It’s easy to fall in love with Edinburgh during the month of August. As a first-time visitor, it can all be a bit bewildering: the sea of loud posters emblazoned with stars and excitable reviews, confident people in startling costumes shoving flyers in your face, the press of the crowd as you try to navigate your way down the Royal Mile. But there’s no denying that it’s invigorating, exciting and just plain dazzling – well, maybe not to the people who live there. You have my sympathy; I too hate slowly meandering tourists.
There’s no possible way to describe the sheer hectic activity of Edinburgh during the Festival. For the uninitiated, the Festival is actually many festivals operating in tandem: I’m a bit ignorant about most of them, seeing as I’ve only attended the Edinburgh Festival Fringe (although I was gutted to miss Hadley Freeman and Alison Weir, and The Glass Menagerie at the Book Festival and International Festival respectively). The Fringe is itself the largest arts festival in the entire world, with over three thousand shows happening all over the city throughout the entire month of August. Sketch, stand-up, theatre, spoken word, cabaret: the Fringe has it all. For the monetary challenged, there’s the Free Fringe which sees skint visitors flock to tiny crowded rooms (although donations are encouraged); for the connoisseur, there’s the unbeatable chance to scout out new and old talent, literally all day long.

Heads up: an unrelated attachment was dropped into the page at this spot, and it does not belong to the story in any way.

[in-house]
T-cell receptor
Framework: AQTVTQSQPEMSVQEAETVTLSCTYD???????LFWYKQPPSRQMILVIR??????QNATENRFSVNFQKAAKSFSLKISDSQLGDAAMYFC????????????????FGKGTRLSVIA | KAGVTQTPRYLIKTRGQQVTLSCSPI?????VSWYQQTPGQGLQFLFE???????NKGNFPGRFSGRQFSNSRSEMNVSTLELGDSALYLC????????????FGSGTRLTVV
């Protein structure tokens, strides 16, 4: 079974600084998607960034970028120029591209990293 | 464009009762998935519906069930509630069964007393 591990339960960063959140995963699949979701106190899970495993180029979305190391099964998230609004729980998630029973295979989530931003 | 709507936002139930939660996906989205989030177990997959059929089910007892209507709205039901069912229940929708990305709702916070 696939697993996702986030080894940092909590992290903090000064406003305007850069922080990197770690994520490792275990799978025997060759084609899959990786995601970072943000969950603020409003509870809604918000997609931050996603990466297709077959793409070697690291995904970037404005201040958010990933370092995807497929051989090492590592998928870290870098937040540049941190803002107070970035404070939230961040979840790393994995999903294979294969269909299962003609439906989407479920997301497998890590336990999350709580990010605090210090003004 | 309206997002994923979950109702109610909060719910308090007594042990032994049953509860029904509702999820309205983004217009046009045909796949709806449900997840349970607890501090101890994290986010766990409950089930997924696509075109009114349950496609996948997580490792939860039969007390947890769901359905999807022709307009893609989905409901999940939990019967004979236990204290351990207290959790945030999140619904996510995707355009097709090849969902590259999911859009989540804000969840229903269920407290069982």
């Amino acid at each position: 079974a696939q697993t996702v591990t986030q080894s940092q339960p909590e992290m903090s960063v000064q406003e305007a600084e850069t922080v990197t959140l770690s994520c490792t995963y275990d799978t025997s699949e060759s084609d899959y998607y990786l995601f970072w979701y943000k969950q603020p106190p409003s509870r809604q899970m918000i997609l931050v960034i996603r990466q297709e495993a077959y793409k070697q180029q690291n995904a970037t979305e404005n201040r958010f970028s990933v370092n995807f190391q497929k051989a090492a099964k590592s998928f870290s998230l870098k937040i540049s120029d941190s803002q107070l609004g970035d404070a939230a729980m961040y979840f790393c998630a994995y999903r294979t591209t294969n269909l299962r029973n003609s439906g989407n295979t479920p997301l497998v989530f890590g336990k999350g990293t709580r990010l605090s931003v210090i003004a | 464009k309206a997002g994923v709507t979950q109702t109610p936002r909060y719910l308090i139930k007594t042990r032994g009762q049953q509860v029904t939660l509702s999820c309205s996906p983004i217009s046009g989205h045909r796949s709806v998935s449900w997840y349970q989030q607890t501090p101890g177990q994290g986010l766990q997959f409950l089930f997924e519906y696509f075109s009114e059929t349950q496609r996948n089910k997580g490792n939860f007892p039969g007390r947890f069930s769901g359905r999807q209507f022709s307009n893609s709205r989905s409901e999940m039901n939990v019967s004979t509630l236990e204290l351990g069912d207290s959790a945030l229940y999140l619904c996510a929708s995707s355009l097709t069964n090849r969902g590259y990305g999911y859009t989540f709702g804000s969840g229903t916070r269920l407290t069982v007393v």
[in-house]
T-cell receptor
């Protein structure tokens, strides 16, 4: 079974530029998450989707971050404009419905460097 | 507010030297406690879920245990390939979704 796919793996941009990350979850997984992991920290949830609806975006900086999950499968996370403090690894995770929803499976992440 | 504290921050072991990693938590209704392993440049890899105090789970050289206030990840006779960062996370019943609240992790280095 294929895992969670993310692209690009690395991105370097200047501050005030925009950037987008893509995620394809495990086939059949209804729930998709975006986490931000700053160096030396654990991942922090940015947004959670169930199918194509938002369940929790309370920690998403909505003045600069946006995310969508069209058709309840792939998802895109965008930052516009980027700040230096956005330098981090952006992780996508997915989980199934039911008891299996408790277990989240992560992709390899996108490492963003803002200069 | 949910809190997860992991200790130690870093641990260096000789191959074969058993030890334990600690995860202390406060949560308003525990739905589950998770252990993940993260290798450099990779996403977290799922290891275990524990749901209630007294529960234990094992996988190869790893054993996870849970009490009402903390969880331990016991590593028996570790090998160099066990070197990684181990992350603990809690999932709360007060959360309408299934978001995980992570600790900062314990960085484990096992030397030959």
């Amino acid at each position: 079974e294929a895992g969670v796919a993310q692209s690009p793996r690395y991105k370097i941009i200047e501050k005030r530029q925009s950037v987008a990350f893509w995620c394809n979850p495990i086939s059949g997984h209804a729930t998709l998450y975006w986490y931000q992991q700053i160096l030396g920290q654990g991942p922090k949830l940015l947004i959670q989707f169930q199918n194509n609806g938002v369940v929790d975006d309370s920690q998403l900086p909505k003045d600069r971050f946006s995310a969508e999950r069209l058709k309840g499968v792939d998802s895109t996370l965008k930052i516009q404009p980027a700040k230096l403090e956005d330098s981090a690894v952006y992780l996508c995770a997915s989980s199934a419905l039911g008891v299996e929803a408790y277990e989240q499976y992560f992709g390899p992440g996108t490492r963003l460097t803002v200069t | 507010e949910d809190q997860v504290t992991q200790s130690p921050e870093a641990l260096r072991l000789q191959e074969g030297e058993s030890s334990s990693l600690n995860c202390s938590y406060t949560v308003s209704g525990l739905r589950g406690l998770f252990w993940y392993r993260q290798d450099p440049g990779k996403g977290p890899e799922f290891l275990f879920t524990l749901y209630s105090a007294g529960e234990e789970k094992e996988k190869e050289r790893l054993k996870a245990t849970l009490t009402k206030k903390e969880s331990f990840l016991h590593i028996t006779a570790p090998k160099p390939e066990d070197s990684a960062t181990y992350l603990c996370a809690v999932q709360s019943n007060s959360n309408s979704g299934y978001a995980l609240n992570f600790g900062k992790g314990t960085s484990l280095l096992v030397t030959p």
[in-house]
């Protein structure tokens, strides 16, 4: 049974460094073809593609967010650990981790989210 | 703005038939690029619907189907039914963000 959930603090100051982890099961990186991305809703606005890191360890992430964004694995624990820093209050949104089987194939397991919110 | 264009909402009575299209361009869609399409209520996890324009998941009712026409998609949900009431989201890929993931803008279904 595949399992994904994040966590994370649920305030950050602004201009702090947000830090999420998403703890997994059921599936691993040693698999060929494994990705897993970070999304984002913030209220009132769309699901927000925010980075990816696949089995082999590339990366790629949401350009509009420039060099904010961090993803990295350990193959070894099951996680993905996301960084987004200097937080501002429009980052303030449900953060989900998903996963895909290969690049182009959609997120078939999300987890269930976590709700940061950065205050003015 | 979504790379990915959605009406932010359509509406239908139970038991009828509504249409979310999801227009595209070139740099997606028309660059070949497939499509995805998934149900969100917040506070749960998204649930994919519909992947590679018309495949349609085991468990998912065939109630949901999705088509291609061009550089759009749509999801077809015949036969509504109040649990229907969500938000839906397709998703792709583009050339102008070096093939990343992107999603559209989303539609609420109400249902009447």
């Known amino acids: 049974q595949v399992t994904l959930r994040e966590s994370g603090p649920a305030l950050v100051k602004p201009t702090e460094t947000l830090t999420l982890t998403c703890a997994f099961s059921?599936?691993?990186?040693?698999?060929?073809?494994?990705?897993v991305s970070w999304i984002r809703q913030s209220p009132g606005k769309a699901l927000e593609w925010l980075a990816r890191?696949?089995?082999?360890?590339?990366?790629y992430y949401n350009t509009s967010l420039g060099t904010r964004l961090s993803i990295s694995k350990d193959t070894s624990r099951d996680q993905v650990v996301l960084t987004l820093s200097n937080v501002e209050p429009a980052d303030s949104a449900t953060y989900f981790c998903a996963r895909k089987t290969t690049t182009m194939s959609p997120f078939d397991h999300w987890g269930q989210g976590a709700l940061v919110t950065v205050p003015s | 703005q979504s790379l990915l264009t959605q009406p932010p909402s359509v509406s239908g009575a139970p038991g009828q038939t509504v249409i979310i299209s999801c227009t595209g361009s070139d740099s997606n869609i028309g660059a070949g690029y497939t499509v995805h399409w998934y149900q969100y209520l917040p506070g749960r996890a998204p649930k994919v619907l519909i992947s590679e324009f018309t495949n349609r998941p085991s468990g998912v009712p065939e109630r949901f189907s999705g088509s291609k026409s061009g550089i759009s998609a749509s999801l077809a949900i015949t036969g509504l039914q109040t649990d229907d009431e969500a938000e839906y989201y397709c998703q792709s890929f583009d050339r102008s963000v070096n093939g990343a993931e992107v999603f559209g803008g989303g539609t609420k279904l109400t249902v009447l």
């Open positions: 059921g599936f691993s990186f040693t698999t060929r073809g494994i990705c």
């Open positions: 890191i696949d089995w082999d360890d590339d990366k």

Walk down any busy Edinburgh thoroughfare and you’ll be greeted with posters as far as the eye can see: the scale of the Fringe alone (not to mention the other festivals) is truly mind-boggling. Every year I scribble down acts that strike my fancy, lists that endlessly grow and grow to unwieldly proportions. Apart from the acts I mentioned above, this year I really wish I’d seen the new stage adaptation of Northanger Abbey, Phoebe Éclair-Powell, Gemma Flynn and the oft-reviewed Gobsmacked. But what is really enticing is the enlivening possibility and promise of all the shows out there. Flick through any brochure or accept a flyer, and you’ll be greeted with an astounding array of topics: I accumulated flyers from uni a-cappella groups, improvisation based on classic authors, fierce feminist stand-ups, dystopian re-imaginings and supposedly hilarious hypnotists. Where else can you wander dreamily from show to show, lapping up a uniquely devised mixture of culture, comedy and vibrancy?
Every year I vow to visit more, and every year I feel more lucky that I live so close to this bustling hive of artistic activity. To anyone who has the opportunity to visit, I would encourage them to see as much as possible; to sample as many different varieties of shows as they can. Although bad shows undoubtedly exist, I’ve never seen one yet: a bit of research and you can easily set up a successful day at the Festival. Let yourself be swept up in the crowds, the hype and the general buzz, and I promise you won’t regret it.